- WHAT: Texas’ physician representatives to the
American Medical Association (AMA) House of Delegatesgoverning body will ask AMA to beef up
oversight of electronic health records (EHRs), with the ultimate goal of
improving patient safety. The delegation will urge passage of a resolution
urging AMA to work with Congress to create a National Health Information
Technology (IT) Safety Center to reduce EHR-related patient safety risks.
- WHEN: June 11-15, 2016
- WHERE: Hyatt Regency Chicago,
(Reporters: Please contact
TMA media relations to set up a phone interview with a member of the Texas delegation
attending the conference. See a list of Texas delegation
- WHO: Texas delegation attending
the American Medical
Association’s House of Delegates meeting
- WHY: Doctors
say patient safety is threatened because of a recent surge in EHR adoption — due to rapid
technology changes imposed by the Centers for Medicare & Medicaid (CMS) meaningful
use (MU) program — and inadequate oversight of identified risks.
The problem, physicians say, is when an error as simple as a typo
is written into the computer software physicians use, there is little oversight
to catch that error, alert all physicians and other health professionals who
use the software, and to ensure the software vendor fixes it.
Therefore, Texas AMA delegates say, the electronic health
information physicians gather and use to treat their patients is at risk … and
sometimes the patients are at risk, too. The Texas doctors’ proposed IT safety
center would serve as a clearinghouse for all EHR safety-related incidents and
“near-misses” in which no patient harm occurred but an error in the software
One example Matt Murray, MD, chair of the TMA Ad Hoc Health IT
Committee, cites is a situation where instructions for a child’s insulin dosing
were entered correctly into EHR discharge instructions, but the EHR’s printed patient
instructions had a decimal point error, suggesting a dosage 10 times higher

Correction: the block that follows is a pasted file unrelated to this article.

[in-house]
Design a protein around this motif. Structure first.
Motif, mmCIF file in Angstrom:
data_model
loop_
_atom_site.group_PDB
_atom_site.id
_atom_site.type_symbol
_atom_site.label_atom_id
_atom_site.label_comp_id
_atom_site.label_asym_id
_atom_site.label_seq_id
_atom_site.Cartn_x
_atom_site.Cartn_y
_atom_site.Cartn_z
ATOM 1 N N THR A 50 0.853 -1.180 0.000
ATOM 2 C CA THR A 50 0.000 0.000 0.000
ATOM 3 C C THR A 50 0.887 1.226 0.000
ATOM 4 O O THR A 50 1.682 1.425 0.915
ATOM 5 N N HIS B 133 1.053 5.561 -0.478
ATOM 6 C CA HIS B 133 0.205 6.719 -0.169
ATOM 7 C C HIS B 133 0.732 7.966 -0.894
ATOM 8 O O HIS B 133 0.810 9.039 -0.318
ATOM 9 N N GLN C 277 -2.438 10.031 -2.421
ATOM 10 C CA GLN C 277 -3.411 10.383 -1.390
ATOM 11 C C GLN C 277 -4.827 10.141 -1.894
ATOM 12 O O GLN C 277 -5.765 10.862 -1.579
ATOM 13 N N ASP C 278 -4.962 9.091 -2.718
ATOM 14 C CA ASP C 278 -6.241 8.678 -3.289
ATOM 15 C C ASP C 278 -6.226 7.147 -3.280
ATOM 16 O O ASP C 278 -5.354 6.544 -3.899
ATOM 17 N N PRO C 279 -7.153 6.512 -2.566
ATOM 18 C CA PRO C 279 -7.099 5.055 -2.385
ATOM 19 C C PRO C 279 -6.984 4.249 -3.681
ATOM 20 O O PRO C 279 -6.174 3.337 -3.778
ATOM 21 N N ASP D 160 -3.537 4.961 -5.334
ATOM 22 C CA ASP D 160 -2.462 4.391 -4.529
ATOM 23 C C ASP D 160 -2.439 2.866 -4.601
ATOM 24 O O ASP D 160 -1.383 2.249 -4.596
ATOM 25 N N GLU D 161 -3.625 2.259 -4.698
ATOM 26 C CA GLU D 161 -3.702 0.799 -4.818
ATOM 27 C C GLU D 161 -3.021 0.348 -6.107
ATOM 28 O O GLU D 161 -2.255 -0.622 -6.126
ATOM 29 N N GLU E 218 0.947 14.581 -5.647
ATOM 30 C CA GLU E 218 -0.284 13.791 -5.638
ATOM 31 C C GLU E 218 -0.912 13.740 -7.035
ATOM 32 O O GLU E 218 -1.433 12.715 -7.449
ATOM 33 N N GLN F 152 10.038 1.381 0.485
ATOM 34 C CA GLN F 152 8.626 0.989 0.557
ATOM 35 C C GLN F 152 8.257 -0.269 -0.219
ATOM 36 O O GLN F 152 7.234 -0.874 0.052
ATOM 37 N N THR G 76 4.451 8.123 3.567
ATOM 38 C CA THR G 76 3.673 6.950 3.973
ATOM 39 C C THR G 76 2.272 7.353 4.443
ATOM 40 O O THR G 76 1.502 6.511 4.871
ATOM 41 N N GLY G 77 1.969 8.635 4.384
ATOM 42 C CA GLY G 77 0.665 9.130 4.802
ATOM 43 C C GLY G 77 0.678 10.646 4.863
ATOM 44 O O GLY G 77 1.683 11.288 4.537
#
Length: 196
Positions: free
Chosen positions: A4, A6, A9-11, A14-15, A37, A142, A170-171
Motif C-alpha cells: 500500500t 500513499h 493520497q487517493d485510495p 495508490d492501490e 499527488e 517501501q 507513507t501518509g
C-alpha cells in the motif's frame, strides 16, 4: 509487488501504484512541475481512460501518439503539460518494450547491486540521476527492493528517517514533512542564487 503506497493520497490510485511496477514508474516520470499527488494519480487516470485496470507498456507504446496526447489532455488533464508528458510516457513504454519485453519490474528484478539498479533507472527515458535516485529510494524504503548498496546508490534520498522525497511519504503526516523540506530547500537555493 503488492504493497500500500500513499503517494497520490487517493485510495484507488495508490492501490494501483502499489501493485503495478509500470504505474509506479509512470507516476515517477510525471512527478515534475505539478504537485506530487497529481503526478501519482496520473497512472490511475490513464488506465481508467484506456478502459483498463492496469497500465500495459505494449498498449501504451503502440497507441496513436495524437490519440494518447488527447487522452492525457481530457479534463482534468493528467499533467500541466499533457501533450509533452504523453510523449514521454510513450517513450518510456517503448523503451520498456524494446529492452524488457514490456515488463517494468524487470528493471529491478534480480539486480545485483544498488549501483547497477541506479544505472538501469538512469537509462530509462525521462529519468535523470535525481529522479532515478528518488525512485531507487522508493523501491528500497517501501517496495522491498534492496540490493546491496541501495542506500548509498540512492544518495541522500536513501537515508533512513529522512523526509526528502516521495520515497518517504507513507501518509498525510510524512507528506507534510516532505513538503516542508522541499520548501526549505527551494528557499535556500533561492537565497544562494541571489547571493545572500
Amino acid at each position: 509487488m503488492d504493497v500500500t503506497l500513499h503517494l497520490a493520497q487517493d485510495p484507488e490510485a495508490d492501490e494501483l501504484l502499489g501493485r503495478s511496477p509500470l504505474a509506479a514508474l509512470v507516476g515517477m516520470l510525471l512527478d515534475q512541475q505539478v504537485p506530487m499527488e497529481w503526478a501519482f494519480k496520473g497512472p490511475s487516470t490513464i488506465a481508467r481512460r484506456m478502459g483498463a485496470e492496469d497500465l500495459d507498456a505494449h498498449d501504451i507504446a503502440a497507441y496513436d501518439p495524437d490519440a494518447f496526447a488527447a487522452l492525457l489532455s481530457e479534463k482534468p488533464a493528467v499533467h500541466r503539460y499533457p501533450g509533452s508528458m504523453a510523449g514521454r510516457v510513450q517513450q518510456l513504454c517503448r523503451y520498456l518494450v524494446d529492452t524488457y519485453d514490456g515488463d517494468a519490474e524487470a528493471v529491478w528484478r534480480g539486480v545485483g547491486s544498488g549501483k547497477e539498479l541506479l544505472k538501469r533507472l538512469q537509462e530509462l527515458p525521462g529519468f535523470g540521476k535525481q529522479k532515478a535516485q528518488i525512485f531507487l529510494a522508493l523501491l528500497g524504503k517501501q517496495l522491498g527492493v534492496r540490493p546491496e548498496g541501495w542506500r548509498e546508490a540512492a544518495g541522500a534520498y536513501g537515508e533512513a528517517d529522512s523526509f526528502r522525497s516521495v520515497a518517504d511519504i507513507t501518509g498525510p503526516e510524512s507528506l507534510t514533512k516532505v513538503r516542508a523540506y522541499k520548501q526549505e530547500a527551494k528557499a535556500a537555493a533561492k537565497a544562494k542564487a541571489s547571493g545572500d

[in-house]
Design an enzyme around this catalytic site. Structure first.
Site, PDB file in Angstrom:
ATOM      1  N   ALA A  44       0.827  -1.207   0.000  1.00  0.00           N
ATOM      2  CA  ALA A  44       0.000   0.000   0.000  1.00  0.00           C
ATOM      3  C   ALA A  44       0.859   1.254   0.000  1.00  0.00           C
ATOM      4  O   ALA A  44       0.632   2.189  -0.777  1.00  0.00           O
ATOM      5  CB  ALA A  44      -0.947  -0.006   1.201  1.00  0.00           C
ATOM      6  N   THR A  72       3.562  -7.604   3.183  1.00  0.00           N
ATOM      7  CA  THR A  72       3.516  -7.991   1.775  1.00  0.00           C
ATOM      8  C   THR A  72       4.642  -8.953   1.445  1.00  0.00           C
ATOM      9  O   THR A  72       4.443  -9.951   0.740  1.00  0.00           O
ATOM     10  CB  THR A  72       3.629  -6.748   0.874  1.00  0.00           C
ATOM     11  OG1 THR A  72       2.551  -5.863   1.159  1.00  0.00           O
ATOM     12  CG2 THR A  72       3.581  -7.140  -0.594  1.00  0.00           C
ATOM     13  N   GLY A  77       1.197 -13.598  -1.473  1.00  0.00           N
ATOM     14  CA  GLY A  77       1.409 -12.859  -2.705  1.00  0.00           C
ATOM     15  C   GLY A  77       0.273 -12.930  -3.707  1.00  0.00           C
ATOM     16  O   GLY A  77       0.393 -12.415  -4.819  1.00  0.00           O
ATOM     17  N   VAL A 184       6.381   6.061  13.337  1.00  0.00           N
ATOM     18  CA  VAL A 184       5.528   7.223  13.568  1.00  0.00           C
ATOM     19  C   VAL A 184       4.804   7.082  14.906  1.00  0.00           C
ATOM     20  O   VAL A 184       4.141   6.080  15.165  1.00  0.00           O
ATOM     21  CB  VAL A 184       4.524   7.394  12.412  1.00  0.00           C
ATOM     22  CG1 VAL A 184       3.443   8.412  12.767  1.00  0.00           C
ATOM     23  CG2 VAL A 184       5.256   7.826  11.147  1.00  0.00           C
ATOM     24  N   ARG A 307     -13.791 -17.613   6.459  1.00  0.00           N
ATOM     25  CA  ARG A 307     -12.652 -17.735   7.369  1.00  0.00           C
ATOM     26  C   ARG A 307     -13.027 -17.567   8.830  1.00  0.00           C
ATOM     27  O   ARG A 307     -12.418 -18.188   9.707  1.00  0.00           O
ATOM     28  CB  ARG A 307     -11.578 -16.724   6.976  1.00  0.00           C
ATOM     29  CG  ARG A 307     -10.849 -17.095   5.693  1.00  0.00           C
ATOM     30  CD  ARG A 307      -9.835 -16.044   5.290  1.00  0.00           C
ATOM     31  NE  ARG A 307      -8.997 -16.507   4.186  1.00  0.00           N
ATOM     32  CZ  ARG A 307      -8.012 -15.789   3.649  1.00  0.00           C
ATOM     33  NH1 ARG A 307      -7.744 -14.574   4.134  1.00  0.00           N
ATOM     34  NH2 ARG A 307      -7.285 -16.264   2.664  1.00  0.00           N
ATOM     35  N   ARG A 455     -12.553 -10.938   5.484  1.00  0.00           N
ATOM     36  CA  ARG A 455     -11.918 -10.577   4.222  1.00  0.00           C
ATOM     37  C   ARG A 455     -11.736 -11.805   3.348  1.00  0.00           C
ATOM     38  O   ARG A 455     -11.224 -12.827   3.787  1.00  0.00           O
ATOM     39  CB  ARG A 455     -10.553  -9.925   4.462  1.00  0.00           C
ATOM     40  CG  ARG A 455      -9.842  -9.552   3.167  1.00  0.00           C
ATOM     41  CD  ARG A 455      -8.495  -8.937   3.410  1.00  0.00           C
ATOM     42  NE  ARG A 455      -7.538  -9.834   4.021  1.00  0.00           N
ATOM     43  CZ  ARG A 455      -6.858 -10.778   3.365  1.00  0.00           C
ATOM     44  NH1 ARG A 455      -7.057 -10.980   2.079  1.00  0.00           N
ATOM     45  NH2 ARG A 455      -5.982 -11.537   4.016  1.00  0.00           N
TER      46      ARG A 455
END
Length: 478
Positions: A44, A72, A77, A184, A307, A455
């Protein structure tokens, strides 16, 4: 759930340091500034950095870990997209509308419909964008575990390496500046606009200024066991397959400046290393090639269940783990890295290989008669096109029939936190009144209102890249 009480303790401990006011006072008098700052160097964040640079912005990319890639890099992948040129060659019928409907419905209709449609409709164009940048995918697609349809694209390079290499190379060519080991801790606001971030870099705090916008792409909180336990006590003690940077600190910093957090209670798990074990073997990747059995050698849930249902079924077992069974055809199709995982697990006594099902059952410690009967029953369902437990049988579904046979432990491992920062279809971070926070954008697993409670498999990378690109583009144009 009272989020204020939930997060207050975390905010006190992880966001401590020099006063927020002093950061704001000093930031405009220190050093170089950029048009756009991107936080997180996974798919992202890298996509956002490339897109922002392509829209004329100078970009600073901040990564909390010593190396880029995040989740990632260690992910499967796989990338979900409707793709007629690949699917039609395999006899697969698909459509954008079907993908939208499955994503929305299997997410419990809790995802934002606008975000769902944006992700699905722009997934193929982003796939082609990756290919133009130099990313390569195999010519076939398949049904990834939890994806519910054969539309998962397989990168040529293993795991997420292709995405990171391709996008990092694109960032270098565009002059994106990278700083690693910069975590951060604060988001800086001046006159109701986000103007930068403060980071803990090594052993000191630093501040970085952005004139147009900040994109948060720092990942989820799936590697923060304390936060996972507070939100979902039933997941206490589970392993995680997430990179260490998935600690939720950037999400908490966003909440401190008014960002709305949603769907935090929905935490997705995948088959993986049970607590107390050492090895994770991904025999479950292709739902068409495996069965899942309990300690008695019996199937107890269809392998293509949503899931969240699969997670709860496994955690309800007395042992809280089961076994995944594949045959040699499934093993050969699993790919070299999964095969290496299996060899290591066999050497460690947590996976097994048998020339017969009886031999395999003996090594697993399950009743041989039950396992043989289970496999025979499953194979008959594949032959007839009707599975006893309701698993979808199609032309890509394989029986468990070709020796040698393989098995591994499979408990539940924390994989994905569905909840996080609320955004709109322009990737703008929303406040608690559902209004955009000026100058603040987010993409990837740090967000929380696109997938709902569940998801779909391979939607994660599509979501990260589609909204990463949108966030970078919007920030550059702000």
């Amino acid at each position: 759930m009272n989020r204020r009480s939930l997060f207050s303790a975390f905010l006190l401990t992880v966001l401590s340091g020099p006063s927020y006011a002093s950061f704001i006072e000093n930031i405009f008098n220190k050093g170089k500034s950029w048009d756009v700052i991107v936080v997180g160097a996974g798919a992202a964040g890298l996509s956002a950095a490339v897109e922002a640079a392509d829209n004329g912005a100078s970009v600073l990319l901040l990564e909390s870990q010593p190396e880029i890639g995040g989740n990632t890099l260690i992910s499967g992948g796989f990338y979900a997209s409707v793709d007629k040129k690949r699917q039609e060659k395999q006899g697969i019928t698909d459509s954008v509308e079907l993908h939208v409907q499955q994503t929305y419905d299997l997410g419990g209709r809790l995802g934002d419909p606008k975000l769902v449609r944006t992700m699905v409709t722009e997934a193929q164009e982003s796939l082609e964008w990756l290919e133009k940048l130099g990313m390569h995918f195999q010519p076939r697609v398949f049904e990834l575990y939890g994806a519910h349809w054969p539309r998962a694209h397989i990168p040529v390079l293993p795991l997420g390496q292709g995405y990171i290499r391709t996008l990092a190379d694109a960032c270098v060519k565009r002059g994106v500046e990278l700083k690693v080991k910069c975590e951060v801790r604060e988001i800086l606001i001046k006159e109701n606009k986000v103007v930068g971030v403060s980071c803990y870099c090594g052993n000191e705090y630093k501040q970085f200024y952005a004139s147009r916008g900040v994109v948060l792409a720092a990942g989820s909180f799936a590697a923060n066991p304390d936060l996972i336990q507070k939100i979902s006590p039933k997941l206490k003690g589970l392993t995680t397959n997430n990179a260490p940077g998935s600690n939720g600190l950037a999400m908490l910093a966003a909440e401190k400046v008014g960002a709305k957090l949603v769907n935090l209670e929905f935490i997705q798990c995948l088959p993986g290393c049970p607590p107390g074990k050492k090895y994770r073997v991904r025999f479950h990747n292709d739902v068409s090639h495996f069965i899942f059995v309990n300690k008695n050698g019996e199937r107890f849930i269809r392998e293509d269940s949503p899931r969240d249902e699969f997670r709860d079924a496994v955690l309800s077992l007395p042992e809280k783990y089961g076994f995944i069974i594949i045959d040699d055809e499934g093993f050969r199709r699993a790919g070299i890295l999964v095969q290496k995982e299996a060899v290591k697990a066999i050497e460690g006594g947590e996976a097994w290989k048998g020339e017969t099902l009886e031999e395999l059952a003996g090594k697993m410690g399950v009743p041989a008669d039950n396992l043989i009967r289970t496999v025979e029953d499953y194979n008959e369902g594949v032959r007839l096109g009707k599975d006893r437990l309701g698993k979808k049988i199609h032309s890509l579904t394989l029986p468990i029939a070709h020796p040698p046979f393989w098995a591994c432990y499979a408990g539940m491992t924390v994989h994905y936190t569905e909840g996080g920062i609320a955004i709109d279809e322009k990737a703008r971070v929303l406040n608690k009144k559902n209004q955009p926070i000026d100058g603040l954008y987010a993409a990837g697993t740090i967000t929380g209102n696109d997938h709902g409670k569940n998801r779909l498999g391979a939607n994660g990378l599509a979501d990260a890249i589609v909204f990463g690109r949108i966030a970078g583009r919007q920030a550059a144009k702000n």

than required. A nurse noticed the error, corrected it manually, and reported
the near-miss to the EHR vendor, which then corrected the technical problem.
However, the software vendor didn’t plan to warn other physicians nationwide
because no other doctor had reported such a problem.
“I envision that this resolution would lead to an entity that has
the authority and influence to drive improvements in EHR usability and
interoperability,” said Dr. Murray, “which are the two most significant
impediments to effective and [gasp!] meaningful use of EHRs.”
Dr. Murray says passing the resolution could ease the pressure on physician
practices that are required, under the CMS MU program, to adopt and EHR into
their business models. In the past 10 years, EHR use by
physician practices in Texas has increased exponentially to 70 percentaccording to surveys by TMA.
However, Texas physicians say EHR vendors have not been held
accountable for poor usability problems and lack of interoperability among EHR
systems — both of which are patient safety risks that physicians commonly
encounter. The resolution would require EHR developers to report patient safety
incidents and near-misses to the Health IT Safety Center.
“Physicians are assuming a higher level of risk and accountability
for computer programs, networks, and infrastructures that are increasingly used
as tools to generate patient care actions and facilitate medical decisions,” said
Dr. Murray. “Although health IT-related patient safety risks would best be managed
through a shared accountability between physicians and EHR vendors, the vendors
are not currently held accountable for patient safety.”
The resolution, one of hundreds AMA will consider at its meeting, recommends
the proposed Health IT Safety Center:
- Accept reports of patient safety incidents involving EHRs and
near-misses from EHR vendors similar to how transportation safety incidents
must be reported to the National Transportation Safety Board;
- Collect, aggregate, and analyze reported EHR data;
- Investigate incidents involving patient harm, and require EHR
vendors to make appropriate changes;
- Monitor EHR incidents and near-misses to identify trends and risks;
- Coordinate with other agencies to develop and broadly disseminate
educational information and tools that mitigate identified patient safety risks
related to technology use.
TMA is the largest state medical society in the
nation, representing more than 49,000 physician and medical student members. It
is located in Austin and has 110 component county medical societies around the
state. TMA’s key objective since 1853 is to improve the health of all Texans.
Brent Annear (512) 370-1381; cell: (512) 656-7320; email: brent.annear[at]texmed[dot]org
Cooper (512) 370-1382; cell: (512) 650-5336; email: marcus.cooper[at]texmed[dot]org
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